At the Down-Turned Jagged Rim of the Sky continues the pattern, coming almost out of nowhere. The songs shift their focus from the previous acoustic work ever present on Safe Like Home and earlier albums, while also veering into minimal noise pop and procession-paced dirges of pitch black radiance. Tastefully mixed by Odd Nosdam (yes, that Odd Nosdam), Bailiff’s songs weave a worn tapestry of lamentful downers leaving little for want. The nine songs here each helm substantial weight and mesh comfortably in cold, dark resonance. The dichotomous opening tracks span the entire ground Bailiff’s shooting for here, with “Your Ghost Is Not Enough” drifting in the demented alien frequencies of Clear Horizon and “Take Me To the Sun” bridging the gap between Loveless and Yo La Tengo. The latter could easily serve as 2012′s noise pop anthem.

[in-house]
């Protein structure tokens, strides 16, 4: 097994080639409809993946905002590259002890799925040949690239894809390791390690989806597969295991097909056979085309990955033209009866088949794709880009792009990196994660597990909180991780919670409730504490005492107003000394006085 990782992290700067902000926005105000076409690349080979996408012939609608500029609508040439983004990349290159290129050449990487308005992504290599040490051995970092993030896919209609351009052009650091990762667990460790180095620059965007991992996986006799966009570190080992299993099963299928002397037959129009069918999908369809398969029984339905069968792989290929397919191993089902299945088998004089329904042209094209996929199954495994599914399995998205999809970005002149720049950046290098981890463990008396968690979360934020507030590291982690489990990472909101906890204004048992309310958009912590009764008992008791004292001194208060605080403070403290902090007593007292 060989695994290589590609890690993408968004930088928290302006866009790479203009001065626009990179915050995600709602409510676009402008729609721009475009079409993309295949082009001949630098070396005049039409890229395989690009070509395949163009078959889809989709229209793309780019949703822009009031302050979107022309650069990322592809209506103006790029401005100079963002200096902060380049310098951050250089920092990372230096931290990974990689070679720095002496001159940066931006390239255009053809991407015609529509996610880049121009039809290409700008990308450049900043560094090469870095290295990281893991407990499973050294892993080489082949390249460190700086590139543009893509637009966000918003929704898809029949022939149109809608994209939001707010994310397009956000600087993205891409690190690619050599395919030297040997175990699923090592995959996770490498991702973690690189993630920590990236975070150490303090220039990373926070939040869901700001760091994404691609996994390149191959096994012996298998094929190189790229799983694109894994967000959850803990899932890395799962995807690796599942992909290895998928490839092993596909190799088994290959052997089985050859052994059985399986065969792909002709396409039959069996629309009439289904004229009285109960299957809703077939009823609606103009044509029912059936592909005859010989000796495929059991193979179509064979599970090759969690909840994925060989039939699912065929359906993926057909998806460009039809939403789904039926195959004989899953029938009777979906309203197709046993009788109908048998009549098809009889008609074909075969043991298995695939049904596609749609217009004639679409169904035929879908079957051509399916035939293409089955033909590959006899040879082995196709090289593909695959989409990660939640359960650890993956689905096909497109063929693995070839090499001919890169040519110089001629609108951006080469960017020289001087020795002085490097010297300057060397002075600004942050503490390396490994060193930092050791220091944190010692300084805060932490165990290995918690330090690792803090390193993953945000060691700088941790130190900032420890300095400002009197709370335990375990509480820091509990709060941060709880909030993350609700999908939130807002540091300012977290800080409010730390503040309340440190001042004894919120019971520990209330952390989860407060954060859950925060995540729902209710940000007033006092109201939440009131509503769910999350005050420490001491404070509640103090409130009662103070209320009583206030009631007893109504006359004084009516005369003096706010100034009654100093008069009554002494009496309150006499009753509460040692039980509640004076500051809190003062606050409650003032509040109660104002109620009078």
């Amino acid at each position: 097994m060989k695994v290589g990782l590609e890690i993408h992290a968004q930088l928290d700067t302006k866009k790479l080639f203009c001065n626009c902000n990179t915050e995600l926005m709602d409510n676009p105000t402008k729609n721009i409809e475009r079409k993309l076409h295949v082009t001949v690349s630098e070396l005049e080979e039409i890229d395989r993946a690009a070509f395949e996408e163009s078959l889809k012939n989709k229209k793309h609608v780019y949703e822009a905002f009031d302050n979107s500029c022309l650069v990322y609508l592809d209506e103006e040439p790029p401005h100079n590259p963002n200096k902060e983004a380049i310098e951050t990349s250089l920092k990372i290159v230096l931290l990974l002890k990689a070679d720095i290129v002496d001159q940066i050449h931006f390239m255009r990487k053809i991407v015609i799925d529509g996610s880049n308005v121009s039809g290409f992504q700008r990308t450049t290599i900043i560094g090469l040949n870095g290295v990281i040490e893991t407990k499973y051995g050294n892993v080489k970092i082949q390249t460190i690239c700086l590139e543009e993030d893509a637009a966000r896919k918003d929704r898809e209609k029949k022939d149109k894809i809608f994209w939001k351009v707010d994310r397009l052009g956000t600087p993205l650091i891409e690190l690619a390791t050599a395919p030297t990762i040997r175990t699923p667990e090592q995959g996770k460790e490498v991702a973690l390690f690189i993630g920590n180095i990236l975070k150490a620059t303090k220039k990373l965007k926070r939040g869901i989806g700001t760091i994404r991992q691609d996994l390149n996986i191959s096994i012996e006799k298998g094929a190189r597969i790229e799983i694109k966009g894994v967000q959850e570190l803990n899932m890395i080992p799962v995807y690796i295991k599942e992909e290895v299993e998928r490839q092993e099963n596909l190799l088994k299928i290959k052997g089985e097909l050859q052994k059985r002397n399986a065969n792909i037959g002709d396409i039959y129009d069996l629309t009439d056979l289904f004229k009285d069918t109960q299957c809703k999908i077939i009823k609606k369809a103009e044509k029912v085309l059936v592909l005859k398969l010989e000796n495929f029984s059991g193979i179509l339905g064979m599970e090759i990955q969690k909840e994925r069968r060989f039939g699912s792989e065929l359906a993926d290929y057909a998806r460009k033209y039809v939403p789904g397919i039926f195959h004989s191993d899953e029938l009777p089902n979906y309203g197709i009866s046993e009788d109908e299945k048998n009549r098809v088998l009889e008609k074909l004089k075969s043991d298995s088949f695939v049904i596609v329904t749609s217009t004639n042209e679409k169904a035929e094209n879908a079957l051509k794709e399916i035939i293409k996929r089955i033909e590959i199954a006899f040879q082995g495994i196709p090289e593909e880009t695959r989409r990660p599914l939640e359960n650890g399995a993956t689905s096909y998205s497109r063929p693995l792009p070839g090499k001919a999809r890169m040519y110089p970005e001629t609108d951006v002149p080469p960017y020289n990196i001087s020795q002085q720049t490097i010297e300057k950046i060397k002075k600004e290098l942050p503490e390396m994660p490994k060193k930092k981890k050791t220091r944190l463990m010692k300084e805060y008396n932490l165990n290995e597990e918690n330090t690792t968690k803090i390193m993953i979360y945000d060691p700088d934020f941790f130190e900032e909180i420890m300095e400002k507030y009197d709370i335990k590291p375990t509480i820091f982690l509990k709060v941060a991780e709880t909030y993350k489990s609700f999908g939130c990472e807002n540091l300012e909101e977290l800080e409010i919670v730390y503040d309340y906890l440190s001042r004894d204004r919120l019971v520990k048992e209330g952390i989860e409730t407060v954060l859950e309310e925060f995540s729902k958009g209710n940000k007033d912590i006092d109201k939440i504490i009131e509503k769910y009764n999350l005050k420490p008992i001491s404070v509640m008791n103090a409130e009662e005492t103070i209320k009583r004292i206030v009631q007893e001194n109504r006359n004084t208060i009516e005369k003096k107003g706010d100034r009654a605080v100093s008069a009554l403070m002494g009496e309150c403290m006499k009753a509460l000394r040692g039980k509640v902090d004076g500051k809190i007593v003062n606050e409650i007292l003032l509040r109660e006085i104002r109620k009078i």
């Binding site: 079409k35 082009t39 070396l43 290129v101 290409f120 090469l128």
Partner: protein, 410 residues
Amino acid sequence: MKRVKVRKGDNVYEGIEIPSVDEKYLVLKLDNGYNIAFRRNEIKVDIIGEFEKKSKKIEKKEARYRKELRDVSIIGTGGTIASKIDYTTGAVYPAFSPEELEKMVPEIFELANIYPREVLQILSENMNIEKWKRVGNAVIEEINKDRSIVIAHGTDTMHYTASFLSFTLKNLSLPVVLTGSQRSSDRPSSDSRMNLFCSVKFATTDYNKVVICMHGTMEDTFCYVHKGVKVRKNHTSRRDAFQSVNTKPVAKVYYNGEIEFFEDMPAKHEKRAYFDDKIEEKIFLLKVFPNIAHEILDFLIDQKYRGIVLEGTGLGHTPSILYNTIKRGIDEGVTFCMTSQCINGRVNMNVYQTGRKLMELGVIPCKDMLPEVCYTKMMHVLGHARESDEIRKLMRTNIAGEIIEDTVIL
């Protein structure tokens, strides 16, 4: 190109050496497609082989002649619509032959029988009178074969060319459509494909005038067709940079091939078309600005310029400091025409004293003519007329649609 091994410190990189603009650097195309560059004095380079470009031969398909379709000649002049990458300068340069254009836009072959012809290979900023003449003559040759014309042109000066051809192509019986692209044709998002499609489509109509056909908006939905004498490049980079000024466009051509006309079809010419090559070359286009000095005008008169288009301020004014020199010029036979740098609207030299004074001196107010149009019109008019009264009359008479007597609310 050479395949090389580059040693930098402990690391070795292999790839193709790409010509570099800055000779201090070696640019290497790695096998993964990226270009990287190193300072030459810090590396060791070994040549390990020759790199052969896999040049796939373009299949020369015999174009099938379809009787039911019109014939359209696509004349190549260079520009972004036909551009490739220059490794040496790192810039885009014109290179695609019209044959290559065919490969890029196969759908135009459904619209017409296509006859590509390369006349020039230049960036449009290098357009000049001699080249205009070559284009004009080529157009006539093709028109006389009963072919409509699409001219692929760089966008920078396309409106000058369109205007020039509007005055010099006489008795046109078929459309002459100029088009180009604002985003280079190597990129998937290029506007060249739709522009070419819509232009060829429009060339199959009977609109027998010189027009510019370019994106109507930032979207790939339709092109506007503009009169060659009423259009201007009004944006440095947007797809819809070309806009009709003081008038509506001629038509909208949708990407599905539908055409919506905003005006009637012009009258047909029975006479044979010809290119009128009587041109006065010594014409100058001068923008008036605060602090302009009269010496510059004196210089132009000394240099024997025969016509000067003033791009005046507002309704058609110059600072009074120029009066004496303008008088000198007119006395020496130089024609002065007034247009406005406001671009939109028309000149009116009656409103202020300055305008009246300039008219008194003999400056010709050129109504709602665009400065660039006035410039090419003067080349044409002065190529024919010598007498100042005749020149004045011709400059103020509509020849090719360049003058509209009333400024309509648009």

The action is dialed back a bit on “Sanguine,” a bass- and organ-backed tune resembling Samara Lubelski at 4:00 AM. The sparse instrumentation and largely deep tones accompany Bailiff’s voice like a small fire in the cold. She sings of empty love and bitter exchanges: “Don’t say a word. We can no longer sustain whispers and dreams. Grow up before it’s too late.” The narrative gets a bit darker on “If You Say It,” a doom-affected pop song that ditches any color or real beauty. Closing track “Firefly” returns with relatively upbeat flare, coupling the jangley rhythm and coldly warm melody for a fitting end to some of Bailiff’s best work yet.